As such, design is playing a part within airports eager to distinguish themselves from the competition. Korea countered Japan's island-based airport at Kansai with its own, at Incheon. Japan came back with another at Narita. Dubai is currently betting big ($4.1 billion) on becoming the largest airport in the world, with a terminal dedicated to processing the superjumbo plane from Airbus.
The biggest growth in the industry is definitely to the east. The domestic market in Asia Pacific is predicted to surpass that of North America (the largest market since the outset of commercial aviation) by 2025. As a result, it's no surprise to see much of the construction activity is taking place in that region. China has fast-tracked airport construction, with plans to build 48 new airports in addition to Norman Foster & Partner's massive new facility in Beijing, slated to open in time for the 2008 Olympics. India's Minister of Civil Aviation indicated recently that he will support the development of new routes and new city pairings to help relieve congestion.
But it's not a simple matter of supplying more planes and more flights. Quite rightly, there's also increased pressure from environmental groups to cut down on the emissions and footprint left by both airplane and airport. "We have to find solutions that can make an airport process people faster and find better and more efficient ways to get planes on and off the ground," says Kent Turner, senior principal at the New York City office of architectural firm HOK.
Turner recently concluded six years work on Boston's Logan Airport, the first U.S. airport to receive LEED certification for conforming to sustainable design principles. "I don't know if it will take a great leap of technology but it's hard to imagine that the classic jet engine burning tons of fuel will be happening years down the road."
Vision vs. Reality
In many cases, airports have taken the marquee architect approach: Foster in Beijing; Richard Rogers in Madrid; Renzo Piano in Kansai, Japan; Helmut Jahn in Bangkok, Thailand; and Frank Gehry, who has an as-yet unapproved design in the woks for Venice, Italy. It's a tactic that hasn't met with resounding approval from all within the industry, who argue that every airport should be unique to its locale, rather than simply the newest feather in an architect's cap.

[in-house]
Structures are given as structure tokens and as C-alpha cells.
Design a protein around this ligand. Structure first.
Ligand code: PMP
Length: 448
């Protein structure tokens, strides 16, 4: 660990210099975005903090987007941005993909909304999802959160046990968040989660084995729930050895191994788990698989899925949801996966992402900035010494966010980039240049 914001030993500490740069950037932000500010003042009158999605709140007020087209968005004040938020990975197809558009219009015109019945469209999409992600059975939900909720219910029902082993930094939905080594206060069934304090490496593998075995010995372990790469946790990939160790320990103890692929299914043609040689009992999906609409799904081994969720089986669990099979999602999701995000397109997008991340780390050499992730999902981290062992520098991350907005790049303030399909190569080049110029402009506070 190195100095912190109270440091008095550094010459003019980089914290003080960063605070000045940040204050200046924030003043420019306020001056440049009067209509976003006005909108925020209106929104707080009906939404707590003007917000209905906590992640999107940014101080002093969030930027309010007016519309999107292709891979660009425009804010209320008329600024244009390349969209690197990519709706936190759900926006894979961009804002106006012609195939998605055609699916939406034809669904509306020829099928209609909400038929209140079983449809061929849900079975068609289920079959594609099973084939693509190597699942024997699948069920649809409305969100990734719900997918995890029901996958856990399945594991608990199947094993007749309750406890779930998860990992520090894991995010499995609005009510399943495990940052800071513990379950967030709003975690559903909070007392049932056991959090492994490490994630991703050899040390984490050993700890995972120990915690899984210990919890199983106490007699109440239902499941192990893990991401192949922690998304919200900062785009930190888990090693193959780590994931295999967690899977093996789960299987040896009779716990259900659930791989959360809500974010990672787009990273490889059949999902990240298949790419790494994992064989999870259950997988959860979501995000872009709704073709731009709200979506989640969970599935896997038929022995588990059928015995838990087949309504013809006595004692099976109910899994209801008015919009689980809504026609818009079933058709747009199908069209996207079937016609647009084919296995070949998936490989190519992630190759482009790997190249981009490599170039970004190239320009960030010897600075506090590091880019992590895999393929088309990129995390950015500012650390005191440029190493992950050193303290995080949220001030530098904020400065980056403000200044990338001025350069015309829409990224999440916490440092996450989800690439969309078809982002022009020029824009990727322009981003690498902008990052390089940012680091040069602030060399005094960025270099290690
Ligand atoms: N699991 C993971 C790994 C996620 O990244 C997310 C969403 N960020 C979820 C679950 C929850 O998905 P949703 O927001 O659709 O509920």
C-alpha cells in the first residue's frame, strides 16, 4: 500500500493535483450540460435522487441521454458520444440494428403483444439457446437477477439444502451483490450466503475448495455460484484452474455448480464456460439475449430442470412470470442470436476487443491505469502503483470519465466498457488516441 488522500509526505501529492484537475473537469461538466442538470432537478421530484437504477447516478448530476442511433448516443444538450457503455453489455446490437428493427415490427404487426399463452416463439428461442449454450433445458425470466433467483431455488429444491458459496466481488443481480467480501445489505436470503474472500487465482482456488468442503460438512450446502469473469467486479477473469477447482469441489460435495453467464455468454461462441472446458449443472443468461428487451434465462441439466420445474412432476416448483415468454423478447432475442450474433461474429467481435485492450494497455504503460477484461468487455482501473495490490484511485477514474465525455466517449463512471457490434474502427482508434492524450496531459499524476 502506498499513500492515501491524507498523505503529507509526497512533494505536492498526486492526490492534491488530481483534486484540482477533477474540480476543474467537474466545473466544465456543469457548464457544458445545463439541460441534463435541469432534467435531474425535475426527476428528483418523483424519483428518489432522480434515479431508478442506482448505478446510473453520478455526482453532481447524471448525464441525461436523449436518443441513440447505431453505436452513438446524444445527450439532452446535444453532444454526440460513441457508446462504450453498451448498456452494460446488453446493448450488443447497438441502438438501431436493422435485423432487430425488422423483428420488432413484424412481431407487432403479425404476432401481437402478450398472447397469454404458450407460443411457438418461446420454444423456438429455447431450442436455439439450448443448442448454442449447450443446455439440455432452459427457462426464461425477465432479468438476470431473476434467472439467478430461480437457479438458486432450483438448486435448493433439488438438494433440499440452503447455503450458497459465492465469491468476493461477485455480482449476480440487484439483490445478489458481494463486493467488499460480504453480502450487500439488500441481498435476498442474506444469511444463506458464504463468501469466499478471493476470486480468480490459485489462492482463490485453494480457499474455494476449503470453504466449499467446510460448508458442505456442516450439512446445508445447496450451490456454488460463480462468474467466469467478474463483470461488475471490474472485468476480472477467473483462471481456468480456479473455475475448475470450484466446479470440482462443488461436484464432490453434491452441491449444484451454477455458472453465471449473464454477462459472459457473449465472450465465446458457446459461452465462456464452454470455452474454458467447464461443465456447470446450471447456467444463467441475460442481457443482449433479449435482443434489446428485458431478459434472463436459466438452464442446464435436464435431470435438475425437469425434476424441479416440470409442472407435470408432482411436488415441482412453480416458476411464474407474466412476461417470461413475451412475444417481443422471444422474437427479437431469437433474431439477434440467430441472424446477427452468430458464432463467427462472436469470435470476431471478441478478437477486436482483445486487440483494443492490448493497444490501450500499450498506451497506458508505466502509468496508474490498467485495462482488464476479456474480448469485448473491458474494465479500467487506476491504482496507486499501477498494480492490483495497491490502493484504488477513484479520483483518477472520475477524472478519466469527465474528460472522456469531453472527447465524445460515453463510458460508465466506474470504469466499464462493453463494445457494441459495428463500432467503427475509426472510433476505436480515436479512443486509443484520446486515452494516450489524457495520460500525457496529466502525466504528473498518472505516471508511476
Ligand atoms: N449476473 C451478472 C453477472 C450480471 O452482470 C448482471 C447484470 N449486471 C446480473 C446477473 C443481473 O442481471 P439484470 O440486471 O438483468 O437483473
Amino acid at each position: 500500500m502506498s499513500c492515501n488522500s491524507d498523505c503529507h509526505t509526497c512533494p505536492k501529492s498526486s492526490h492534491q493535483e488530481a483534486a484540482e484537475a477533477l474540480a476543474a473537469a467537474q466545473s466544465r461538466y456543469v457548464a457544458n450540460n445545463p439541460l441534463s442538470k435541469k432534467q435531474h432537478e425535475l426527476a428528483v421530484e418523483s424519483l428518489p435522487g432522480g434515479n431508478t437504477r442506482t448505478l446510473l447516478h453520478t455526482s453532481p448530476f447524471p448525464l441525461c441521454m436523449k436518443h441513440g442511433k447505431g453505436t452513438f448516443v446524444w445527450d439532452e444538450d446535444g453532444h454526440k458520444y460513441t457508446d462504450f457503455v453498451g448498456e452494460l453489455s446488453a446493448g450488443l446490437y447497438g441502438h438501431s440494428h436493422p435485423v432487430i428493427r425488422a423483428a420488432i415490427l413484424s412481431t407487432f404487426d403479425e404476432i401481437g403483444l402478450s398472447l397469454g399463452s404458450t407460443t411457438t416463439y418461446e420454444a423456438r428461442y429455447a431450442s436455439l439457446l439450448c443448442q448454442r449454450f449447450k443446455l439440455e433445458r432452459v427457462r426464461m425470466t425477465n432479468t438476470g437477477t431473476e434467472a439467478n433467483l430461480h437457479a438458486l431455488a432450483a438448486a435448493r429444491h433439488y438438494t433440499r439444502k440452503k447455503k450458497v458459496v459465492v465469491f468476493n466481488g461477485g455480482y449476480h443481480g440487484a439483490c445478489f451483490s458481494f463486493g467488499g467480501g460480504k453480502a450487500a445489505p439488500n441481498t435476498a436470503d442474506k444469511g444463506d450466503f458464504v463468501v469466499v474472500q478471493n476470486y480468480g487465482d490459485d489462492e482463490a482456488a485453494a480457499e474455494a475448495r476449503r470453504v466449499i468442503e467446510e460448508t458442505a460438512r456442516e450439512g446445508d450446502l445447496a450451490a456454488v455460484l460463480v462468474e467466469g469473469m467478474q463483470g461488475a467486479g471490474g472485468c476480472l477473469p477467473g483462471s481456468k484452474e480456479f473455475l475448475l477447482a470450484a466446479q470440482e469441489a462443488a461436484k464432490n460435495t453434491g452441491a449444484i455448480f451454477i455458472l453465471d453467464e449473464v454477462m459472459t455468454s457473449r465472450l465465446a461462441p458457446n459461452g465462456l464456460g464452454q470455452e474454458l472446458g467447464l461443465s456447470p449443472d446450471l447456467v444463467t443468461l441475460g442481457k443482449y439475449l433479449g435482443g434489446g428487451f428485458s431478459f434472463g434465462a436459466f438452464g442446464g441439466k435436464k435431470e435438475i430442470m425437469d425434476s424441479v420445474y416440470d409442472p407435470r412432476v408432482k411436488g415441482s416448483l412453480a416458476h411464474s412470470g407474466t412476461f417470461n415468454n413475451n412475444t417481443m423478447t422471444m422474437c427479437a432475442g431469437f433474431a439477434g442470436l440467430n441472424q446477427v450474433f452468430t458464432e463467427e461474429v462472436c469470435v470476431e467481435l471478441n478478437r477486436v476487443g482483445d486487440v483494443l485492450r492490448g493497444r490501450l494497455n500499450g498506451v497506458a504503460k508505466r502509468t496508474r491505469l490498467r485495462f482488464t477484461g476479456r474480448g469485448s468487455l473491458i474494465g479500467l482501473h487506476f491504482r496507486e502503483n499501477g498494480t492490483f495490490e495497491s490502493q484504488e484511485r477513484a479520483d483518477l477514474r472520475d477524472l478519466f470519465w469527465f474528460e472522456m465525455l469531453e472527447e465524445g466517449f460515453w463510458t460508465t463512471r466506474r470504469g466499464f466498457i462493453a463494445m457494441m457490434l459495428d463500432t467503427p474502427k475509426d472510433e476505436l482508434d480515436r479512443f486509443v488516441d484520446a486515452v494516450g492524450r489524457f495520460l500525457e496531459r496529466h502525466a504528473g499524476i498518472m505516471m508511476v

Sometimes, the architect's vision remains unrelated to reality—Kansai is all but empty, leaving the majestic halls which Piano envisioned thrumming with travelers feeling a little deserted. There have been complaints of too few practical necessities, such as restrooms and concession stands, as well as non-intuitive foot traffic patterns at Bangkok's Suvarnabhumi Airport.
"In Europe and Asia, 'black cape' [big name] architects are a desired commodity because the owners of those airports think that it will make them better than their competitors," says Gensler's Steinert. "But these are grandiose, Taj Mahal types of statements. All too often, those architects provide an image and another firm tries to execute the design."
Of course, Steinert would say that—Gensler has designed 44 terminal buildings around the world, including the forthcoming JetBlue-specific terminal at JFK in New York and Terminal Five at Chicago's O'Hare, and yet is hardly acknowledged in the same breath as the big-name architects mentioned above. But he makes a valid point: Superficial design that looks impressive, but doesn't serve the needs of the customers, isn't what is required here.
A grand architectural statement may not, in the case of airports, be what is called for. "It has to work functionally first, with the outside a reflection of what is going on in the inside," concludes Steinert. "Who really sees the outside of the building? The pilots? Better to have a nice ceiling inside so that millions of people can experience it."
One thing's for sure, air travel isn't going away—and the challenges it presents can't be ignored. Airports continue to be important contributors to local coffers (the regional economic impact of the Hartsfield-Jackson Atlanta International Airports is more than $18.7 billion a year) and employment (airports worldwide employ over 350,000 people directly, over 4.5 million in related jobs).
So we took stock, rounding up some of the world's most interesting airport designs of today (with a few from tomorrow). Check out the slide show here.